SDHB meets for last time before restructure

The Southern District Health Board meets for the last time at Wakari Hospital yesterday. PHOTO:...
The Southern District Health Board meets for the last time at Wakari Hospital yesterday. PHOTO: PETER MCINTOSH
Perhaps in keeping with its eventful history, the Southern District Health Board’s last meeting did not end smoothly.

After adjourning, the board realised it had to reconvene as there was one more report to consider before it eventually closed its final public session.

On July 1, the country’s 20 district health boards are to be replaced by Health New Zealand, the Māori Health Authority, and a range of regional and district offices and localities.

In their 21-year history, the Otago and Southland DHBs, later amalgamated to form the SDHB, were seldom funded enough to operate in surplus, but this year the SDHB is on track to record something like its budgeted $20 million-plus deficit.

The SDHB has previously been replaced by commissioners due to its financial performance, but yesterday it was an elected board which handed its duties over to HNZ.

Chairman Pete Hodgson, a former health minister, said that like all organisations there were pluses and minuses on the SDHB’s record.

"I think the SDHB has made really good progress across a number of fronts — cancer diagnostics, colonoscopy, amenable mortality among Māori.

"I think the vaccination record of the DHB has been remarkable, and I have particularly enjoyed the rise to prominence and importance of Māori health providers."

But there were "a bunch of things that are undone or improperly fixed".

"Although we have made a really good start on mental health, there is much to do.

"We have some blight over some of our wards at Wakari which ... just has to be progressed after we have finished and it is a source of distress that we haven’t been able to get it all fixed.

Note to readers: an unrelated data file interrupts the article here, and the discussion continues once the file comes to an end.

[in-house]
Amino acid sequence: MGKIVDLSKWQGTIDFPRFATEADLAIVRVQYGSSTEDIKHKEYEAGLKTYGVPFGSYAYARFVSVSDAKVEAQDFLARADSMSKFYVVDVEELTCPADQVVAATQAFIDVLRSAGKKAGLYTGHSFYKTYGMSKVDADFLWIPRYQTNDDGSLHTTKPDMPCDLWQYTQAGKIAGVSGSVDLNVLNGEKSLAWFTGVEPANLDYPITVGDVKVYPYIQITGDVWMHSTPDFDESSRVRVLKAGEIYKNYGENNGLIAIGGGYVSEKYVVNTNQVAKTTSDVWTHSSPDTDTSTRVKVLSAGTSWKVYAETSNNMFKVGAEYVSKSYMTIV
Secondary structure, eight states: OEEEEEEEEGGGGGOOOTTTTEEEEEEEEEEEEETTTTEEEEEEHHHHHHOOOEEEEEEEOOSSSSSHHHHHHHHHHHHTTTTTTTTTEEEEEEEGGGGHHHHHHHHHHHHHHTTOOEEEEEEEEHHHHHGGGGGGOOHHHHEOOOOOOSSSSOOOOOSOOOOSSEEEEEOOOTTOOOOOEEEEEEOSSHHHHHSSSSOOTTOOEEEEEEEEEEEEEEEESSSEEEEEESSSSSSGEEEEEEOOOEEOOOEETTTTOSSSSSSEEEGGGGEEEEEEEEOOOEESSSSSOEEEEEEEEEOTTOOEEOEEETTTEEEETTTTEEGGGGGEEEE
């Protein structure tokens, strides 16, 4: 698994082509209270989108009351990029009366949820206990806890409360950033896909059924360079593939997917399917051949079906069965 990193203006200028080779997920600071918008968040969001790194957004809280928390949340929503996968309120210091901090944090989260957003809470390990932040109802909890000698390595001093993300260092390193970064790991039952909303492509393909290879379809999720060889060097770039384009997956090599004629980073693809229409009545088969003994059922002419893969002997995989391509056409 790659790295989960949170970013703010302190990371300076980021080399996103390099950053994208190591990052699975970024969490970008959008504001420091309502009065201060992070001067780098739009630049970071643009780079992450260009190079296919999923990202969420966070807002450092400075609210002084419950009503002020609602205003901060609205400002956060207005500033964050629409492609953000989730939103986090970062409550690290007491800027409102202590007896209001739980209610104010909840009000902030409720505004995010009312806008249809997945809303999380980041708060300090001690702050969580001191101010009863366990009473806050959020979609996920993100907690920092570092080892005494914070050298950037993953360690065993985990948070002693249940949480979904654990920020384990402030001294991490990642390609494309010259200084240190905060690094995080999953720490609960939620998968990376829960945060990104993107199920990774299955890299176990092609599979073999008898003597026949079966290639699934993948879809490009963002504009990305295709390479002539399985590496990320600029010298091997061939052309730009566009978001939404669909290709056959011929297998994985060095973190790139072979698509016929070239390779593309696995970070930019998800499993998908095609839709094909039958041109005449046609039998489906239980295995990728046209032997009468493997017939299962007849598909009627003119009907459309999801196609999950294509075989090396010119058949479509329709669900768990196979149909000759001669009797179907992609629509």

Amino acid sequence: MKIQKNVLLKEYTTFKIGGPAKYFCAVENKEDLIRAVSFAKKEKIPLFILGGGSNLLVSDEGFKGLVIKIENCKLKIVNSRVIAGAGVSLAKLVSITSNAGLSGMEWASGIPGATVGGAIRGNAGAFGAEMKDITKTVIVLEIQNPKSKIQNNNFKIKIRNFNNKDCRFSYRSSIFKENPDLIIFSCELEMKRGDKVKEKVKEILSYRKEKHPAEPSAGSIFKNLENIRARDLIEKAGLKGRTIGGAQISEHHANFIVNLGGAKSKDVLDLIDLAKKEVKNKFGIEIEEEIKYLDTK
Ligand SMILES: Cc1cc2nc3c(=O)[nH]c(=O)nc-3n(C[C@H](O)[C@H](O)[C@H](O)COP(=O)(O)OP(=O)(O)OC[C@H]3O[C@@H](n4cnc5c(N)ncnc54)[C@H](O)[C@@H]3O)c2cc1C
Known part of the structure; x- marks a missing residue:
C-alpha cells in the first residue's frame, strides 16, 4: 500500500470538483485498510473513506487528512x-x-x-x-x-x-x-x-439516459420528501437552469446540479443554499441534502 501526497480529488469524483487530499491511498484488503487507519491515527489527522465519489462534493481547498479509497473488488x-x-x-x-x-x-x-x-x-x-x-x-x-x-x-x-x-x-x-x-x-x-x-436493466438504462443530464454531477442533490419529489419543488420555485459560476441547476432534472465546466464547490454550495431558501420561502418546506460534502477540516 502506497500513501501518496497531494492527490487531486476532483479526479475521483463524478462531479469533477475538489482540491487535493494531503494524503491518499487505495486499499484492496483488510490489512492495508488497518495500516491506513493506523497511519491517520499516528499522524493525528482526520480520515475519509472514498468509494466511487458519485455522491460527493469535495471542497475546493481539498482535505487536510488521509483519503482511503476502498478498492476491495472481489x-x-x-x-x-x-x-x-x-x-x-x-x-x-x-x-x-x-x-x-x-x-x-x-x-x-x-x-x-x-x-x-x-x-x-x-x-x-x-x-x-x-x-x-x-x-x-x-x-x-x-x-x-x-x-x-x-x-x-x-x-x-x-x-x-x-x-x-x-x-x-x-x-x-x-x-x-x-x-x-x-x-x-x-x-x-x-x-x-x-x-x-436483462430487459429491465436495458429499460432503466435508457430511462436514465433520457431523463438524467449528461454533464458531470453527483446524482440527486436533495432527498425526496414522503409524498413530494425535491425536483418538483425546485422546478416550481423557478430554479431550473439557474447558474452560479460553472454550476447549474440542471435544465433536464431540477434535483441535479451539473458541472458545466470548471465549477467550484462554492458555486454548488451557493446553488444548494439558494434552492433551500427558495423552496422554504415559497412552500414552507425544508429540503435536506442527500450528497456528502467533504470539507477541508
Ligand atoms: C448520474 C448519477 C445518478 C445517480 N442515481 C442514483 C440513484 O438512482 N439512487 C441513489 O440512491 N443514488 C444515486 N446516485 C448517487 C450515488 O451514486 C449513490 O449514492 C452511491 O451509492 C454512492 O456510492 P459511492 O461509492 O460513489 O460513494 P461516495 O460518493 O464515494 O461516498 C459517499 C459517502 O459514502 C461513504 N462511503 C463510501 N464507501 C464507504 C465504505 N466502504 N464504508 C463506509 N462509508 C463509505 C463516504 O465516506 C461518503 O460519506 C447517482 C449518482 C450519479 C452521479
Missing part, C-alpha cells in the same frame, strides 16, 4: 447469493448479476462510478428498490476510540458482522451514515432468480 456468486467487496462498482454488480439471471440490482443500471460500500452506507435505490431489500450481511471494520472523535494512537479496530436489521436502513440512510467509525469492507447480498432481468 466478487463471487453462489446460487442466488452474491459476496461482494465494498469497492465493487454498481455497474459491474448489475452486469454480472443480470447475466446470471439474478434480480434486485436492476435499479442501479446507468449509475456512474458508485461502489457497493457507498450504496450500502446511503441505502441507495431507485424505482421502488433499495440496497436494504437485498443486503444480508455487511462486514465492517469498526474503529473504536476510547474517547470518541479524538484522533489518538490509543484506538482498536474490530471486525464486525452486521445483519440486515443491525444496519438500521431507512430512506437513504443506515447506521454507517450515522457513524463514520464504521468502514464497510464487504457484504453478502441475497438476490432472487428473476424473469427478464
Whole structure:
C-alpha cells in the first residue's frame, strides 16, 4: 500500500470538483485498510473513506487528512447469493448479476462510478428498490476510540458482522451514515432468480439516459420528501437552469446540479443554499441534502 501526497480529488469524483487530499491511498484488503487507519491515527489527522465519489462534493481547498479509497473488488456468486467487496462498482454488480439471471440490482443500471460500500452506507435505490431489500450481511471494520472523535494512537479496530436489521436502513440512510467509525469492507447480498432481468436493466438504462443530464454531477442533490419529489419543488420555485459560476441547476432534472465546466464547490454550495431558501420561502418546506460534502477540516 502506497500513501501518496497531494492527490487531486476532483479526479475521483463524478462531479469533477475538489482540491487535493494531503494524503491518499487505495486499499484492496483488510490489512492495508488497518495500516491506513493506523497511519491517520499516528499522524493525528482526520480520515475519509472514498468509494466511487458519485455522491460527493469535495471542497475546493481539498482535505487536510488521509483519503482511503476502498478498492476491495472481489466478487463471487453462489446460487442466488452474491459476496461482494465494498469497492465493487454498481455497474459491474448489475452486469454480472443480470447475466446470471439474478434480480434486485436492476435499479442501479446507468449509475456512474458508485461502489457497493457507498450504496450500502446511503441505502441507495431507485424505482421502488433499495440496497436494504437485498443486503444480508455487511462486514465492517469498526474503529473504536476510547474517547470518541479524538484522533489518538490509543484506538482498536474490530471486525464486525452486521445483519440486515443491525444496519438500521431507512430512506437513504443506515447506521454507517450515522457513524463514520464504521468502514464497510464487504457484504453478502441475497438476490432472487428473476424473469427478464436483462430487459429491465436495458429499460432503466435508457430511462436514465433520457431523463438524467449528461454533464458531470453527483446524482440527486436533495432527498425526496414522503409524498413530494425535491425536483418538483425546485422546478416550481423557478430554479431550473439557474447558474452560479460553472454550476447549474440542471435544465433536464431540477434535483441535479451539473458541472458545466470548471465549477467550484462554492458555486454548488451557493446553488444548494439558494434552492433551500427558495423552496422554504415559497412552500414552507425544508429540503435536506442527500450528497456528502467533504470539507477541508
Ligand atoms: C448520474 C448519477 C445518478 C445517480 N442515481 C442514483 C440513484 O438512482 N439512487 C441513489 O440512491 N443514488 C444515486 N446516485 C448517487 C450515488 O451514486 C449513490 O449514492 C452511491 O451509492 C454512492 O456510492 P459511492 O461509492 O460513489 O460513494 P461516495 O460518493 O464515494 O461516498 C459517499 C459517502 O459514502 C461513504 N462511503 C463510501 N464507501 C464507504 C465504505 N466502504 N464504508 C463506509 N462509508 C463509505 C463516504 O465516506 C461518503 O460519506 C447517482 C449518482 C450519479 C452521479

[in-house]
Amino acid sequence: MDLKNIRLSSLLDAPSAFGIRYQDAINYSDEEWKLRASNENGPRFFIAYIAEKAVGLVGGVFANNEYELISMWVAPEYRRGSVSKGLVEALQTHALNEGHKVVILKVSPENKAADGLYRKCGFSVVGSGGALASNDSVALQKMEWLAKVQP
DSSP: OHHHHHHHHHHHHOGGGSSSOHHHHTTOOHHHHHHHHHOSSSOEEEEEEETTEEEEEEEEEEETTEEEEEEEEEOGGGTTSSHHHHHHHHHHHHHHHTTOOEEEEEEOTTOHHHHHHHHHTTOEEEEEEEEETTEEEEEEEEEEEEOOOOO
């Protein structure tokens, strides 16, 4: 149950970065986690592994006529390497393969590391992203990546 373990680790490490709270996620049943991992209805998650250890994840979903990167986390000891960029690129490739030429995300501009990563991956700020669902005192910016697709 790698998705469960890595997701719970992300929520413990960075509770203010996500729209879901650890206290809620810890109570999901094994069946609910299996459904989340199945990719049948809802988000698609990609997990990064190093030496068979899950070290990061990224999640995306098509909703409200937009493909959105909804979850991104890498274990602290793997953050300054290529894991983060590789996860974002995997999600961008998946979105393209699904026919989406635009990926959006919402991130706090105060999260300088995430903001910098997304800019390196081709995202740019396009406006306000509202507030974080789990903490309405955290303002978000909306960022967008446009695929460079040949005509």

"I don’t think that primary care in Southland is good enough, and I don’t think that services in many of the regions are yet good enough, but I do think that the new system is worth a shot to address inequities."

Southland board member Kaye Crowther said she and her fellow Southland board members Terry King and Lesley Soper had advocated strongly for the region, and would be watching closely to make sure Health NZ served their region well.

"I think there needs to be reform. I support that in principle, but we haven’t had enough detail put in place going forward."

Board member Moana Theodore said that for most of the past two years the board had been confronted by Covid-19, which had highlighted health inequities in the South, particularly for Māori.

"It also showed, in terms of the response, the strength in Māori health leadership in DHB staff, in iwi, and from Māori health providers, who collectively stood up for the whole community."

The SDHB was ready to hand over a strong platform for the new organisations to build on, Dr Theodore said.

Board member and Dunedin Hospital doctor John Chambers said while the SDHB did cop some criticism, there had been gains for patients and clinicians.

"Despite being concerned that some trends haven’t improved, the board has achieved some good things.

"I’m very proud of our clinical governance performance in the organisation, and of getting a new CT scanner — that has almost abolished a waiting list in about six months."